Guest Post by Amy Wakefield Taylor
Lack of motivation in our students is a problem that all teachers of piano can expect to encounter at some point in their practice, so it seems important to develop strategies for tackling it…
Where has all the motivation gone?
First of all I think it is important to consider – what is the root of the problem? Why does this pupil appear to lack motivation?
Of course, there can be many factors in a pupil’s life that can affect their performance. For example, when a pupil doesn’t seem to be applying themselves with enthusiasm in the lesson, one should always consider ‘what could have happened in this individual’s day?’
I have personally experienced a number of situations where pupils have been bullied at school, or are suffering from difficult circumstances at home; or even (I find this only too regularly!) feeling pressured and ‘over worked’ by statutory examinations or demanding extra-curricular activities.
In tandem with this, it is worth reflecting on whether they decided to learn the piano themselves or, alternatively, did so under duress, perhaps as a consequence of parental whim or ambition.
Being a piano teacher requires a great deal of understanding, and above all I always make it very clear to the pupil that their decision to study the instrument should be exactly that – their own.
Mutatis mutandis, I find that if all is well with the pupil’s lifestyle and general motivation, then this will also be reflected in their playing.
If that is not happening, I have to ask myself – what could I be doing differently?
Clear long term and short term goals, and at the very least a conversation with pupils (if appropriate, parents too) should occur regularly to find out what it is that they want to achieve on the piano, enabling teacher and student to formulate short and realistic targets.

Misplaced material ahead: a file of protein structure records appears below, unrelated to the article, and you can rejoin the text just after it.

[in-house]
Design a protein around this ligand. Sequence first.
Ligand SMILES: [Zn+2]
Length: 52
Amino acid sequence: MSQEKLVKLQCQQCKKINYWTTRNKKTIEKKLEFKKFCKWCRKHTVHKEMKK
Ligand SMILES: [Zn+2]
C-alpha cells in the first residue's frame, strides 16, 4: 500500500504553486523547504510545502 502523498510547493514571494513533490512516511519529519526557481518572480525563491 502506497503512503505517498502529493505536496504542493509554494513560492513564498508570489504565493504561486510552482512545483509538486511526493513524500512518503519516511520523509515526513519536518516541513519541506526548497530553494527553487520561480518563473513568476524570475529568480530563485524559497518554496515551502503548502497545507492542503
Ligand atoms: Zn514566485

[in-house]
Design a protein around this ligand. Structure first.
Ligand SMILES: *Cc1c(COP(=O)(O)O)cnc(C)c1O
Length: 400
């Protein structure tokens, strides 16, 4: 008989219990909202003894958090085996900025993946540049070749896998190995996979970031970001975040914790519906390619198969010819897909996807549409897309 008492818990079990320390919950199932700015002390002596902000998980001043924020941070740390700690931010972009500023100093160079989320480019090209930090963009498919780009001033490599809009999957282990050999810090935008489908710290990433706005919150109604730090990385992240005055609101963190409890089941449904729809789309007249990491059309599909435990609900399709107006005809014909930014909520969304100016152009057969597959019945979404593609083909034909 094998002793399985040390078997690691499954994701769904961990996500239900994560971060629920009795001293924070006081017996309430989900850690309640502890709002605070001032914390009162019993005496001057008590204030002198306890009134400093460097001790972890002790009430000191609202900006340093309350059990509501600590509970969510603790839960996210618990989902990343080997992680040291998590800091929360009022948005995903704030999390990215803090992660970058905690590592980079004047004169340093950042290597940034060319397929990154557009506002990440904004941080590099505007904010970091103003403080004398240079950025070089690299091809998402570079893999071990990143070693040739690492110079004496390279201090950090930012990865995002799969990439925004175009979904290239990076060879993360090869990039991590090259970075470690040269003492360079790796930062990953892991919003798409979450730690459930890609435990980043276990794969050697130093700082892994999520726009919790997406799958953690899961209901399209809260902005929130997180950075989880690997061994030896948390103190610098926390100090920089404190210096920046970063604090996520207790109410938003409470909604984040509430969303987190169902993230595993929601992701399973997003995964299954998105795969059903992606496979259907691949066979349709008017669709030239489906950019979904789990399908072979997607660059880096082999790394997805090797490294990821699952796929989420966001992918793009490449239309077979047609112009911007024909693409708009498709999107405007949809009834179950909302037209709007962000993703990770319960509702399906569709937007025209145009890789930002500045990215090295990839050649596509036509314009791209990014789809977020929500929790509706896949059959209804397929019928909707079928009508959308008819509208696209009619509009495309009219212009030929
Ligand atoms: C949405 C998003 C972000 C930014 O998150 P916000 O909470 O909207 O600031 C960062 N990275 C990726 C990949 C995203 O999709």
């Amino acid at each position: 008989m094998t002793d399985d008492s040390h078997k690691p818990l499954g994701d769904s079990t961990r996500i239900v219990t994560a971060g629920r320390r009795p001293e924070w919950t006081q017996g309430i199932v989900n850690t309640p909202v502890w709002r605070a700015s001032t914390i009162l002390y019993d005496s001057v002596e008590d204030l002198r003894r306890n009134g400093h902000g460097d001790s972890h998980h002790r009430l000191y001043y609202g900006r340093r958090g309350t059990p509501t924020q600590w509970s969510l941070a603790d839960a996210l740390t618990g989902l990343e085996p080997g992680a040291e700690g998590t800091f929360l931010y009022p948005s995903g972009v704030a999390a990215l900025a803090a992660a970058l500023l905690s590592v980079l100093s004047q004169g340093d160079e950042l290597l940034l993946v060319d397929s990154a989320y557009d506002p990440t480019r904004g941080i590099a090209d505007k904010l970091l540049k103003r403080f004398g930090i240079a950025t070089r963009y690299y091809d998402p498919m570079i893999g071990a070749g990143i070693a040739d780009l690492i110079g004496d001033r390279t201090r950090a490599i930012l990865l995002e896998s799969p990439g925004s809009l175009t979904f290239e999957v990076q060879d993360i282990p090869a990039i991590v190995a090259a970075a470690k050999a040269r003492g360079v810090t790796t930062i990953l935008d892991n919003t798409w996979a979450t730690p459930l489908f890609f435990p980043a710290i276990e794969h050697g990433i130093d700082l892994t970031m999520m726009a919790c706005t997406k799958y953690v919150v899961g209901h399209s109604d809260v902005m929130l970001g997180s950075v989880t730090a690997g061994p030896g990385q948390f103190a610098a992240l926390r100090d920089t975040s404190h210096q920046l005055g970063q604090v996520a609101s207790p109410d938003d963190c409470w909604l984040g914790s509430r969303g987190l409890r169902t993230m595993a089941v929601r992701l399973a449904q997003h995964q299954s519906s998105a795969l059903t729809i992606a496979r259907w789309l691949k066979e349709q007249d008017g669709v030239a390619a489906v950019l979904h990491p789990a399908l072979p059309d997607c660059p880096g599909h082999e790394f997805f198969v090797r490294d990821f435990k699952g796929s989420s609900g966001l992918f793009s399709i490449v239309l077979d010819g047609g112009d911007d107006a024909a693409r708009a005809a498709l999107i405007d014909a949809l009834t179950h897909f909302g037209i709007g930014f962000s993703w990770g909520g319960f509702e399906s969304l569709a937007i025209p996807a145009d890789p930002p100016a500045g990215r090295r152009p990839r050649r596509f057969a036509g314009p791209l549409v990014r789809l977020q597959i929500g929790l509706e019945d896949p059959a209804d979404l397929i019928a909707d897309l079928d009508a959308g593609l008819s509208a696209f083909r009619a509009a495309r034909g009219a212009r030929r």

I also feel that it isn’t enough to simply ask them what kind of music they wish to play. Rather, one should also seek to educate pupils about different musical styles.
Sometimes it can be highly effective to say,
‘How about we play one piece of music which I choose and one that you choose?’
This means that pupils feel they are learning something that they have themselves selected, and are thereby in charge of their learning. While at the same time, we as professionals can guide them by choosing pieces which we know will develop them as a musician.
Sometimes, maybe in the case of a transfer pupil, the student’s prior knowledge is not thorough enough; it may well be that they have not completed enough music theory along the way, or they are not connecting their sight-reading skills with the performative aspect of the learning process, and this can mean that mastering their pieces takes a long time!
It is up to us to diagnose these problems and find a way to help pupils make links between the different components of learning so that they can progress at a pleasing rate. Of course this may take time, patience and lots of encouragement.
Luckily, in my experience these are qualities most piano teachers have in great abundance!
EPTA Piano Teacher Talk No.6 (March 2019)
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Special Thanks to Murray McLachlan, Karen Marshall, and Carole Booth.